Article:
Battering Of Lovers In Public For Leaked Sex Video: Act Of Gross Human Rights Abuse And The Breach Of The Law

Feature Article Battering Of Lovers In Public For Leaked Sex Video: Act Of Gross Human Rights Abuse And The Breach Of The Law
JUN 1, 2022 LISTEN

It has been widely reported with evidence by various media houses and social media users how two lovers in the WA Municipality of Ghana, were publicly flogged in the front of the forecourt of the Chief’s palace. According to the video in circulation, the ‘sin’ of these so-called lovers is that they filmed their private lovemaking act and put it in the public domain. Even before they could justify their stance on where and how the supposed ‘lovemaking’ video was leaked and circulated they had been subjected to severe beating through ‘flogging’ by a group of an angry young person and supported by some elders for defying social value order.

It is very unfortunate that in this modern era with all the level of enlightenment and human rights concerns, such barbaric acts could easily be carried out by persons and individuals who know that the laws of Ghana do not require ‘mob justice’ or ‘taking the law into one’s hand’. It is absurd and worrying in the manner in which the action was carried out and not even under closed doors but in the public. This kind of instant social justice is criminal and has many concerns for the rights of the two individuals involved.

These two lovers had every right to engage in a private act that serve their interests including recording themselves doing lovemaking if it gives them personal pleasure and attitude. If in any instance, the two try to make nuisance with those private recordings in the society, they can be reported to the appropriate institution to stand trial for creating a public nuisance. Apart from that, if any person through access to any of their phone gets access to these videos and decides to share them to disgrace them or make them public ridicule, such a person violates their privacy rights and consequently violates the Cyber Security acts 10(38) of Ghana enacted in 2020. Apart from this, the two young people had also suffered a violation of the right to freedom from torture as the result of the psychological trauma the public had subjected them through. It therefore important for the police to go after individuals involved in this barbaric act for subjecting their fellow human beings to ridicule and perpetual trauma as a result of sexual escapade. These individuals must be compensated by the state and be given state psychological assistance to reform and relieve them from the trauma they might be going through.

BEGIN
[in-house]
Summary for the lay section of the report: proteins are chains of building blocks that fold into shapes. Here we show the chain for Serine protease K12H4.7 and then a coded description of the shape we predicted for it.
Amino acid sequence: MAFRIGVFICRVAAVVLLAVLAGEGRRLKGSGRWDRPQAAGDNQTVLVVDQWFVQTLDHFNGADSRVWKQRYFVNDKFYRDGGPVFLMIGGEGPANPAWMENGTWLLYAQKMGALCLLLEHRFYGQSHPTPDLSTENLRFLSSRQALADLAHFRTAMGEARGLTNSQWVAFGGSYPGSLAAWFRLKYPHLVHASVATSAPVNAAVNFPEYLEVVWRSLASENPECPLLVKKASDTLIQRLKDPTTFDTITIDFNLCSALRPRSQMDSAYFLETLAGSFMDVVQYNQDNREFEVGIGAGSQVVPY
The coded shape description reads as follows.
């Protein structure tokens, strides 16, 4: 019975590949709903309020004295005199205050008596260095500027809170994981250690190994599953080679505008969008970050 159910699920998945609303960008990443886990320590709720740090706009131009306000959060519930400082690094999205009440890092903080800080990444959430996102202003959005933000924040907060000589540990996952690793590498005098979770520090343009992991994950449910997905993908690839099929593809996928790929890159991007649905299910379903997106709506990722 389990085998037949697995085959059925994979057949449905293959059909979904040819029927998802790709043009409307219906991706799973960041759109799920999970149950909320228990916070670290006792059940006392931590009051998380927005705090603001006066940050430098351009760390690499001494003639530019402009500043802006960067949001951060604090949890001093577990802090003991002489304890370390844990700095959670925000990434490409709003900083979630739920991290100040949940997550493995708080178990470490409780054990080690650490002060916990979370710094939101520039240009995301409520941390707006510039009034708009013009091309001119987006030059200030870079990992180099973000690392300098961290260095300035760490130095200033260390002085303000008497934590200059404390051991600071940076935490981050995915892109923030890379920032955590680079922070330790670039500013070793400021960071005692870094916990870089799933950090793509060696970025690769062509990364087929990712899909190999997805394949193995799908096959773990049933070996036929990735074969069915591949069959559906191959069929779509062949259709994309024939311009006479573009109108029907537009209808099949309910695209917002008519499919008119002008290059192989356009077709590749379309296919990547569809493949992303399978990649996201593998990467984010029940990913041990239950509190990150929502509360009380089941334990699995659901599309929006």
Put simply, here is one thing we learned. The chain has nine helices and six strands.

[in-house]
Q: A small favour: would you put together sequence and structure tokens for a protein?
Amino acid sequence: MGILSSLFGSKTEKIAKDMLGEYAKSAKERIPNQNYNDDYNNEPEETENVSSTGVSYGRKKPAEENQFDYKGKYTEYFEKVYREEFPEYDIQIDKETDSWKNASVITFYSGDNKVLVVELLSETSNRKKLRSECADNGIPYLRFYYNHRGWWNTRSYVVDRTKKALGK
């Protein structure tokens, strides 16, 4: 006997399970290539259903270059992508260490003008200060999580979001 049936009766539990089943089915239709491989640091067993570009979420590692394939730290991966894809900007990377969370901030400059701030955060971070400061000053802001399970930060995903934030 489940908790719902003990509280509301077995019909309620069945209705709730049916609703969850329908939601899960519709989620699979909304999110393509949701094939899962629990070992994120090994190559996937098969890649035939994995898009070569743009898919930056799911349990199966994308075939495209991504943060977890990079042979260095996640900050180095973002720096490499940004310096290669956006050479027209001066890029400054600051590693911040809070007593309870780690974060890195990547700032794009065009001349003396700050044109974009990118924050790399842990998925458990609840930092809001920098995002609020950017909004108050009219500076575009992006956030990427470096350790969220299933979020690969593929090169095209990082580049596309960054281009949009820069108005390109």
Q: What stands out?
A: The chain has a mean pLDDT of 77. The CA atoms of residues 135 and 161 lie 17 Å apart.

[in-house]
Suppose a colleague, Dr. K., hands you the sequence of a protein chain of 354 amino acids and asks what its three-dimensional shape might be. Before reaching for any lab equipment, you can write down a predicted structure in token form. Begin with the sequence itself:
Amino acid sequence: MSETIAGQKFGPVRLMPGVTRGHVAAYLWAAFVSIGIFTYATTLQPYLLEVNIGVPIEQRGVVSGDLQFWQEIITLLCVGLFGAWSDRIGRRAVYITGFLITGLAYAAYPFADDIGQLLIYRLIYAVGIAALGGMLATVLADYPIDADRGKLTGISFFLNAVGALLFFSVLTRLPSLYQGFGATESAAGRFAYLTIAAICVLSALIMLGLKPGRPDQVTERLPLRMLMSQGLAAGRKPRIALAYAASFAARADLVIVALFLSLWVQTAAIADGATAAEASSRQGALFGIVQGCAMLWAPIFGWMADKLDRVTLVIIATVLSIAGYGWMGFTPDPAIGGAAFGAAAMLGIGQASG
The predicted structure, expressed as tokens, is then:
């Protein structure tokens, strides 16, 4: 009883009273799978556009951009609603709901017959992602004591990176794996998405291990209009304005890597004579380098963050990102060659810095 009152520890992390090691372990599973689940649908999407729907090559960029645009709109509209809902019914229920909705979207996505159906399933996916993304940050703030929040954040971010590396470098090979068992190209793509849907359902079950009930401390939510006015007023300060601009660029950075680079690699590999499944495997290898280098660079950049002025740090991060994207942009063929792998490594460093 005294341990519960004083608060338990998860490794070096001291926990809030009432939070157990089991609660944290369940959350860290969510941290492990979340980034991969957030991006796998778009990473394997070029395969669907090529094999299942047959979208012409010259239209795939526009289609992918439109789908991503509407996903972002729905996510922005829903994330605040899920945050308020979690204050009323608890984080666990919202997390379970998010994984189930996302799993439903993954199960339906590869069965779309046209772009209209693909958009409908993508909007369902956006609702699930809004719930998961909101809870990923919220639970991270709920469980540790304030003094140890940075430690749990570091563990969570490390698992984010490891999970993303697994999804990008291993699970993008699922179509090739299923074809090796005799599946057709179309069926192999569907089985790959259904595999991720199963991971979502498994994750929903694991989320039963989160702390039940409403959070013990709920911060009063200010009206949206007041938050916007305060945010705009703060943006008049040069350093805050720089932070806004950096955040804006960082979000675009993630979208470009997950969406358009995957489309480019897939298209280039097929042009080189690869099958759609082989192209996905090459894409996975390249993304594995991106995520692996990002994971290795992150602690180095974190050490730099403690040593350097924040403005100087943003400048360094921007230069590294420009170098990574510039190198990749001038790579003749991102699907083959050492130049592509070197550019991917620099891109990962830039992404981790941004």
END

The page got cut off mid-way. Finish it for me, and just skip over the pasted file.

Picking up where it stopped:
The Universal Declaration of Human Rights under the United Nations emphasize Human rights as rights inherent to all human beings, regardless of race, sex, nationality, ethnicity, language, religion, or any other status. Human rights include the right to life and liberty, freedom from slavery and torture, freedom of opinion and expression, the right to work and education, and many more. The right to privacy forms part of fundamental human rights and freedoms under most national constitutions or legislation including Ghana. The law of privacy protects individuals from intrusions and invasions upon their person, correspondences and communications, home and property. Privacy law ensures that the autonomy, name and dignity of human beings are protected.

I will admonish human rights experts and lawyers in Ghana to continue to intensify the campaign for protecting the rights of ordinary individuals under the law and maintain constant advocacy against numerous human rights violations in Ghana. Institutions that are set up to train human rights individuals including Kofi Annan International Peace Training Center and the Center for Human Rights, Conflict and Peace Studies (UEW) should take up more research in resolving the growing concern for human rights protection in Ghana. Their mandate should not be bound to only certification of individuals but to ensure that these trained experts go out there to live a mark as part of contributing their quota to social development in Ghana.

Isaac Ofori

(Students, UEW, CHRAPS, MPhil Studies)

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